I KNOW times are hard, but news that Ryanair has told its staff it has 500 more pilots and 400 more cabin crew than required, and job losses will be announced in the coming weeks, leaves me full of dread.
I’m concerned about the impact that this might have on Ryanair’s (already apparently stretched) service if it loses more of its workforce.
In which case I guess it is anticipating losing more customers, too.
Kelly has top views on ageism
I LOVE Kelly McGillis for how open and upfront she was recently about why Hollywood is no longer courting her.
In an interview the 62-year-old actress was asked why she was not asked to co-star with Tom Cruise in the Top Gun sequel titled Maverick.
“I’m old and I’m fat and I look age-appropriate for what my age is, and that is not what that whole scene is about,” said the star who played Charlie Blackwood, Maverick’s instructor, in the 1986 hit film.
“But . . . I’d much rather feel absolutely secure in my skin and who and what I am at my age as opposed to placing a value on all that other stuff.”
How refreshing is that approach to life? Although she’s not old or fat at all – she just looks like most of us will look at 62.
And what a relief it must be not to be squeezing herself into size zero dresses and having monthly Botox appointments.
Still, McGillis is only five years older than Tom Cruise. And, of course, his career really is the gift that keeps on giving – mostly to the Mission: Impossible franchise.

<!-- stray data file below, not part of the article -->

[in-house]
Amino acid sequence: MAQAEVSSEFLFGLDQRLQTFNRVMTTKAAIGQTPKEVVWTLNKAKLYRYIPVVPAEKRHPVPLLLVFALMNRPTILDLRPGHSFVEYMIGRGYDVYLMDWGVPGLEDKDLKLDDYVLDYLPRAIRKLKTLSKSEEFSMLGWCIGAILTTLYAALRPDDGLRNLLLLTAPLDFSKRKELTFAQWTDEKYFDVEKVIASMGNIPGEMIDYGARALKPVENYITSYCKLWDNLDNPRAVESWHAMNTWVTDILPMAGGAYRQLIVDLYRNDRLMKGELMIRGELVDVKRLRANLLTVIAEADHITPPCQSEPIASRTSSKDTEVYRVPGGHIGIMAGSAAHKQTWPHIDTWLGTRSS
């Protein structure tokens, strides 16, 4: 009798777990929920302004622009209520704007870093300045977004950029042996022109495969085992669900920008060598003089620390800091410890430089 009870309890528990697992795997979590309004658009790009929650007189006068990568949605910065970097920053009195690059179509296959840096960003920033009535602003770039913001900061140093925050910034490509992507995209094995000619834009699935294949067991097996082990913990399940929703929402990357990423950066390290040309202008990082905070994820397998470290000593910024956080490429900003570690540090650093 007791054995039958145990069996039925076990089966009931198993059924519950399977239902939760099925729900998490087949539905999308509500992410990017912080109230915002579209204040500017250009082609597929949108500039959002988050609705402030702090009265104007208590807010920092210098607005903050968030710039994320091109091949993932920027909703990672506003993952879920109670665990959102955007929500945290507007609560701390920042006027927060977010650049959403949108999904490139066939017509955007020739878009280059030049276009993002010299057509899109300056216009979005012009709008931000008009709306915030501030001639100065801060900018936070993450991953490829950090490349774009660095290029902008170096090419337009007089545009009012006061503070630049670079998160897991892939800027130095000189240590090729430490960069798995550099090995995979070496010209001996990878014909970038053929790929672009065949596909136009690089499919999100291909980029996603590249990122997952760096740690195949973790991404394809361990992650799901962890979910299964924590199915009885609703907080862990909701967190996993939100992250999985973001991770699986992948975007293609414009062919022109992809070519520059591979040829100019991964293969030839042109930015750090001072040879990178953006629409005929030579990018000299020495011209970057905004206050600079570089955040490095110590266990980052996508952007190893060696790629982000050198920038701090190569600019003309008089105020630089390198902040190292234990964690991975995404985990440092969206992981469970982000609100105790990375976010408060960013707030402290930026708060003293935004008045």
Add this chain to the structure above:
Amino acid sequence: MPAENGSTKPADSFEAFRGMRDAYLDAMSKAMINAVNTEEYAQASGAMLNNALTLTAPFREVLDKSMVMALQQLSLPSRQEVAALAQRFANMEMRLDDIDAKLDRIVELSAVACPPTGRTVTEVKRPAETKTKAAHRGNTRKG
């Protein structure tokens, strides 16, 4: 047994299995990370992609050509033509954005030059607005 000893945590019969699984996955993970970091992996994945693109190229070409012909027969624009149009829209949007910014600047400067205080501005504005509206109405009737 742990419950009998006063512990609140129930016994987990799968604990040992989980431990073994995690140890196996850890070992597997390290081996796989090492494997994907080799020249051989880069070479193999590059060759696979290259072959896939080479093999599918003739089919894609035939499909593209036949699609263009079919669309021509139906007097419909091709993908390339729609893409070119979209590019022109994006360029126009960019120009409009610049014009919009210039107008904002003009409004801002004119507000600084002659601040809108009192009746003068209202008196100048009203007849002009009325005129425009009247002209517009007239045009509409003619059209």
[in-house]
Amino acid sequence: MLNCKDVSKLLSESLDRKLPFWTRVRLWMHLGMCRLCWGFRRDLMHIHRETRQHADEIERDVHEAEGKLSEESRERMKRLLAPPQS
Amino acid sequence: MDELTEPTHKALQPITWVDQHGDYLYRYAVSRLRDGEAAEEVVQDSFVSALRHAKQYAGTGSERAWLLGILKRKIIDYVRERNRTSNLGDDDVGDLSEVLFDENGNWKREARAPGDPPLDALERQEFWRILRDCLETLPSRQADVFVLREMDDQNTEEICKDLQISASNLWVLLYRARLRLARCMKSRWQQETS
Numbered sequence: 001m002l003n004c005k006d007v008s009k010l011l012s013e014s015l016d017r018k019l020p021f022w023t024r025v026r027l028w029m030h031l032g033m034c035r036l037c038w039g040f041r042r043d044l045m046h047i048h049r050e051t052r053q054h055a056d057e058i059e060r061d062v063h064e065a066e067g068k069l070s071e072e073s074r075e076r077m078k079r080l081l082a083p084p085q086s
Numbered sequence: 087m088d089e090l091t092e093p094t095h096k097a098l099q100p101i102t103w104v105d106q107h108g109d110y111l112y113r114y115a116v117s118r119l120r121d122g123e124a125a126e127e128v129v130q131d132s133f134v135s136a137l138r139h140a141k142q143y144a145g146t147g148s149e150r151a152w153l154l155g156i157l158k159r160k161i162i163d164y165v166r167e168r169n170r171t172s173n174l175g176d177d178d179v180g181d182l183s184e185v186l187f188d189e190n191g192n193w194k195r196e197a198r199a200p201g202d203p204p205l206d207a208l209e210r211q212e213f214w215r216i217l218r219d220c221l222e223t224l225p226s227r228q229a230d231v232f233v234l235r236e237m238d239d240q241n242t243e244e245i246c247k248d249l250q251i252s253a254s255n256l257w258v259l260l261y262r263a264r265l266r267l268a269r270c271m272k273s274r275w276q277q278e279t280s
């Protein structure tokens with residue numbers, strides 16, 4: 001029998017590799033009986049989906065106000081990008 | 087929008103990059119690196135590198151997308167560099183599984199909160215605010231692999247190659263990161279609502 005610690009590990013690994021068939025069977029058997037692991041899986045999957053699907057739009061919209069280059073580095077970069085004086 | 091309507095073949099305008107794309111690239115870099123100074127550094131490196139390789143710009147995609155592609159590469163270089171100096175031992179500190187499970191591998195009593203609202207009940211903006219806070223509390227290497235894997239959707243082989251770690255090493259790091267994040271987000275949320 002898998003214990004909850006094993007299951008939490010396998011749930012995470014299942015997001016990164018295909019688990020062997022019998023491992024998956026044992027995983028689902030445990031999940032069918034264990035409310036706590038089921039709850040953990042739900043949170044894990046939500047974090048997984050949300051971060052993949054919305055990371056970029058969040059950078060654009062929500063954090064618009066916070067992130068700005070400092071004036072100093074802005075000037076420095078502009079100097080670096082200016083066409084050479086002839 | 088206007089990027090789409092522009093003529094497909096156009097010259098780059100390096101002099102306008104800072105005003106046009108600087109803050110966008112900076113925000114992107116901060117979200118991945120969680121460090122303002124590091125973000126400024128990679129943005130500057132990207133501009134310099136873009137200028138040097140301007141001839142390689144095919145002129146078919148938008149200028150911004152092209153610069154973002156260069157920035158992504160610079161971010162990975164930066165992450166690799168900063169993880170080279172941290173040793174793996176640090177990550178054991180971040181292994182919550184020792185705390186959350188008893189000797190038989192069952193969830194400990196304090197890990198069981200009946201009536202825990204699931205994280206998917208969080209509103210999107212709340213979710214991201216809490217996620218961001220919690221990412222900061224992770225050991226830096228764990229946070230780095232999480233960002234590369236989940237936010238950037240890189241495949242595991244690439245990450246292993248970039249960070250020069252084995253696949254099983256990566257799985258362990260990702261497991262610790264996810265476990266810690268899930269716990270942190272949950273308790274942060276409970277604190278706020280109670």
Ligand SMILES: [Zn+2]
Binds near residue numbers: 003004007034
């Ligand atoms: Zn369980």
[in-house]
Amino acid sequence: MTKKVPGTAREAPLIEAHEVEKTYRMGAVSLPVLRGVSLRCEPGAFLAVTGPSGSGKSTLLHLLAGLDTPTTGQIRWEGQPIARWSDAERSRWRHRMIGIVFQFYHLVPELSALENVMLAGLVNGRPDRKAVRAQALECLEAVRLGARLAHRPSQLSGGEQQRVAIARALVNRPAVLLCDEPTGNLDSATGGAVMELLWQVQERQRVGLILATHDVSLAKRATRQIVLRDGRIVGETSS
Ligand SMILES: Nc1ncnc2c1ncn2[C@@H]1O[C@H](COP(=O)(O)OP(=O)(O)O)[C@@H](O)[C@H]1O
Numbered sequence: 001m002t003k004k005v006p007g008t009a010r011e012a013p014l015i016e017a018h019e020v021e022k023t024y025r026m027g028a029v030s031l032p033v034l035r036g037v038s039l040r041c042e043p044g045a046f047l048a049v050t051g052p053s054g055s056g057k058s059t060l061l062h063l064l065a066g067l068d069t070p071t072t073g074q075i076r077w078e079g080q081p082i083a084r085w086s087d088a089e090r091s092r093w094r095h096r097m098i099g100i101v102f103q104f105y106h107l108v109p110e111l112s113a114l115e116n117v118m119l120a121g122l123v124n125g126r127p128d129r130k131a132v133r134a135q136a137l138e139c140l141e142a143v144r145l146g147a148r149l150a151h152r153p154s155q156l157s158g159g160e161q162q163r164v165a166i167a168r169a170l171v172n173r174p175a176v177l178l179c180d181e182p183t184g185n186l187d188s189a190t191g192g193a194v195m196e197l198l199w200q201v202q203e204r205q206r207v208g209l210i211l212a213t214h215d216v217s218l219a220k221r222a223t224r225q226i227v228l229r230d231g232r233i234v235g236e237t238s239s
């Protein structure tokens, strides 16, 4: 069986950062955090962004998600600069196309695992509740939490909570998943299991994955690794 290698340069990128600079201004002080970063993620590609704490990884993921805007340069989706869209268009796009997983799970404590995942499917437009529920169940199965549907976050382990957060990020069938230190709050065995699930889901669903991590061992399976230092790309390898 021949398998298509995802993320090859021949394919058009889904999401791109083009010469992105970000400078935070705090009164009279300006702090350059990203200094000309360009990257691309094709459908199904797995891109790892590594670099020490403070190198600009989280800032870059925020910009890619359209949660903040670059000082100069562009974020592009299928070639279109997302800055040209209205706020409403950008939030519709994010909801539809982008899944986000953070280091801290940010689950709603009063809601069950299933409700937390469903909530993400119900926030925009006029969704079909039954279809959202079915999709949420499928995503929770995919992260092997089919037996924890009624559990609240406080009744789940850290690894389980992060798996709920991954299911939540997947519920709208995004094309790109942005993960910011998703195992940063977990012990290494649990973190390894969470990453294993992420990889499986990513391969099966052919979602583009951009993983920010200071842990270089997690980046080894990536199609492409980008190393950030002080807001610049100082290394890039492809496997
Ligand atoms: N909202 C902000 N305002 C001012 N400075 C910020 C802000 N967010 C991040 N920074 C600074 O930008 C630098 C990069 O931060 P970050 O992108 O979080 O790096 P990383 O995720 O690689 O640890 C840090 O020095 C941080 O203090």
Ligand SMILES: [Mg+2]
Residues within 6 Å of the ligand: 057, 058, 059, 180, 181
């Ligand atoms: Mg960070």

So it’s hard not to be annoyed by the take home from that. Namely that women can’t be in films if they look their age . . . whereas men can.
Klum wedding photos were a treat
I LOVED seeing the photos of Heidi Klum, 46, celebrating her marriage to Tom Kaulitz, 29.
Forget any kind of quiet romance – the pair, above, spent lunchtime downing shots of limoncello with pals.
Rather you than me, Heidi. But I guess if you marry someone in his 20s you take the rough with the smooth.
They look super happy – and like they are having a lot of fun. Good luck to them both.
Flawless Gigi is blessed
I DON’T lose any sleep over it but, sometimes, especially when it’s bikini season, I find myself wondering what life might be like if you happen to have been blessed with the kind of physique that Gigi Hadid has.
She seems to have no apparent flaws whatsoever.
And how would it feel not to have to spend most of your time on the beach arranging yourself in the “most flattering” way (which, often, is under a flowing kaftan)?
Crash was a double tragedy
THE story of Joe Plimmer, 19, an aspiring police officer who had his full driving licence for only 14 weeks when he smashed his car into a tree, killing his 17-year-old female passenger as he tried to keep up with a sports car, is so utterly tragic.
Meredita Kelmelyte died when the Vauxhall Corsa they were in veered off the road and hit a tree at more than 60mph.
It’s horrific that she died and her family must be in pieces.
Who knows how they feel about the fact that Plimmer has been sentenced to nine months in a young offenders’ institute.
But you can guarantee that this young man’s life is already in tatters and will never be the same again. Jail will not bring back his passenger – is it really the right place for him to be?
Men need training in respect
ANYONE else punch the air and shout “Yes!” reading about the man who was caught urinating outside a train station then forced by police to clean up after himself with a mop and bucket?
British Transport Police refused the man travel and asked him to leave Worcester railway station on Sunday lunchtime.
MOST READ IN OPINION
They also shared a picture of him cleaning up, describing his actions as “unacceptable” given that the station’s toilets were open.
Sorry, but how many women do you ever see urinating in the streets – whether the toilets are open or not?
Also, if this happened every time a man was caught urinating in the street, something tells me it would happen a lot less.